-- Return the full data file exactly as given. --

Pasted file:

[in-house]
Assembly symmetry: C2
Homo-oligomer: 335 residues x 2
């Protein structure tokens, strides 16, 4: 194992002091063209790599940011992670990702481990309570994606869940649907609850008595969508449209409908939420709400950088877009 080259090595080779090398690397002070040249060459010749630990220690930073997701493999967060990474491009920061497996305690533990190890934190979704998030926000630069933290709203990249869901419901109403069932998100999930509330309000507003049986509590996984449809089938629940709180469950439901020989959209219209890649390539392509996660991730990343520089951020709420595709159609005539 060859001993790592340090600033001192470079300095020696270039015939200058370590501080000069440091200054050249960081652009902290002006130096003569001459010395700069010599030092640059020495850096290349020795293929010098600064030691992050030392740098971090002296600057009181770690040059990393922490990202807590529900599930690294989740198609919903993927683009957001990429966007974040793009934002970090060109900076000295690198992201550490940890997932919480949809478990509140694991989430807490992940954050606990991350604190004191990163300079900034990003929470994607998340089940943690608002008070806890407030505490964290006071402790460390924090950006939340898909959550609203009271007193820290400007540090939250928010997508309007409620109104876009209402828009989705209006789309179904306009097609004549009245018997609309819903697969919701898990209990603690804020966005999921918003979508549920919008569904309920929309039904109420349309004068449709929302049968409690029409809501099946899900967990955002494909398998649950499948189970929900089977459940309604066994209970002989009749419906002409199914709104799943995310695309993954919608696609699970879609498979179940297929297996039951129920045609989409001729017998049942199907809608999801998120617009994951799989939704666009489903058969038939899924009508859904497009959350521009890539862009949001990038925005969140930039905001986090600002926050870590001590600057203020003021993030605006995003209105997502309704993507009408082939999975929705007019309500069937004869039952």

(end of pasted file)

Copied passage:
[in-house]
Assembly symmetry: C2
Homo-oligomer: 335 residues x 2
């Protein structure tokens, strides 16, 4: 194992002091063209790599940011992670990702481990309570994606869940649907609850008595969508449209409908939420709400950088877009 080259090595080779090398690397002070040249060459010749630990220690930073997701493999967060990474491009920061497996305690533990190890934190979704998030926000630069933290709203990249869901419901109403069932998100999930509330309000507003049986509590996984449809089938629940709180469950439901020989959209219209890649390539392509996660991730990343520089951020709420595709159609005539 060859001993790592340090600033001192470079300095020696270039015939200058370590501080000069440091200054050249960081652009902290002006130096003569001459010395700069010599030092640059020495850096290349020795293929010098600064030691992050030392740098971090002296600057009181770690040059990393922490990202807590529900599930690294989740198609919903993927683009957001990429966007974040793009934002970090060109900076000295690198992201550490940890997932919480949809478990509140694991989430807490992940954050606990991350604190004191990163300079900034990003929470994607998340089940943690608002008070806890407030505490964290006071402790460390924090950006939340898909959550609203009271007193820290400007540090939250928010997508309007409620109104876009209402828009989705209006789309179904306009097609004549009245018997609309819903697969919701898990209990603690804020966005999921918003979508549920919008569904309920929309039904109420349309004068449709929302049968409690029409809501099946899900967990955002494909398998649950499948189970929900089977459940309604066994209970002989009749419906002409199914709104799943995310695309993954919608696609699970879609498979179940297929297996039951129920045609989409001729017998049942199907809608999801998120617009994951799989939704666009489903058969038939899924009508859904497009959350521009890539862009949001990038925005969140930039905001986090600002926050870590001590600057203020003021993030605006995003209105997502309704993507009408082939999975929705007019309500069937004869039952």